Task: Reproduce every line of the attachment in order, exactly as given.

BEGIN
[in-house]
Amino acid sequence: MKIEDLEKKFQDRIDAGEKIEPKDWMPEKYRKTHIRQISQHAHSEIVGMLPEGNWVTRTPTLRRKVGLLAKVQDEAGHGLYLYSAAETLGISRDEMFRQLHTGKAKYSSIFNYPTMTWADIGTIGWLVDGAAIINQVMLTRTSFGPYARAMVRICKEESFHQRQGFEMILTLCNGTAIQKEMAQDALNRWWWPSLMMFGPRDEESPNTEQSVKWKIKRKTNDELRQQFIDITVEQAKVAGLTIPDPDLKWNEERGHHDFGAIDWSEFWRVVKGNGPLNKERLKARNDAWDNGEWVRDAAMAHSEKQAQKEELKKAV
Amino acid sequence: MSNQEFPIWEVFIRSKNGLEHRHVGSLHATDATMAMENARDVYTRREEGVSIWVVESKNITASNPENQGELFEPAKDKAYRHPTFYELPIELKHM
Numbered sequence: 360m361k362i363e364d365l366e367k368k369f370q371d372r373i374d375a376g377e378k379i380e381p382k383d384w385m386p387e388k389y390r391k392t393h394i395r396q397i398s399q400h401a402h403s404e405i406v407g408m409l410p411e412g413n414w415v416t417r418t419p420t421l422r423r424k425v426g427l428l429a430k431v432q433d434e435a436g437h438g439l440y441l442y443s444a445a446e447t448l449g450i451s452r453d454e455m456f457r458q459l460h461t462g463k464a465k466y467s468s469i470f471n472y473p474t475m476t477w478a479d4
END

[in-house]
Amino acid sequence: MKIEDLEKKFQDRIDAGEKIEPKDWMPEKYRKTHIRQISQHAHSEIVGMLPEGNWVTRTPTLRRKVGLLAKVQDEAGHGLYLYSAAETLGISRDEMFRQLHTGKAKYSSIFNYPTMTWADIGTIGWLVDGAAIINQVMLTRTSFGPYARAMVRICKEESFHQRQGFEMILTLCNGTAIQKEMAQDALNRWWWPSLMMFGPRDEESPNTEQSVKWKIKRKTNDELRQQFIDITVEQAKVAGLTIPDPDLKWNEERGHHDFGAIDWSEFWRVVKGNGPLNKERLKARNDAWDNGEWVRDAAMAHSEKQAQKEELKKAV
Amino acid sequence: MSNQEFPIWEVFIRSKNGLEHRHVGSLHATDATMAMENARDVYTRREEGVSIWVVESKNITASNPENQGELFEPAKDKAYRHPTFYELPIELKHM
Numbered sequence: 360m361k362i363e364d365l366e367k368k369f370q371d372r373i374d375a376g377e378k379i380e381p382k383d384w385m386p387e388k389y390r391k392t393h394i395r396q397i398s399q400h401a402h403s404e405i406v407g408m409l410p411e412g413n414w415v416t417r418t419p420t421l422r423r424k425v426g427l428l429a430k431v432q433d434e435a436g437h438g439l440y441l442y443s444a445a446e447t448l449g450i451s452r453d454e455m456f457r458q459l460h461t462g463k464a465k466y467s468s469i470f471n472y473p474t475m476t477w478a479d4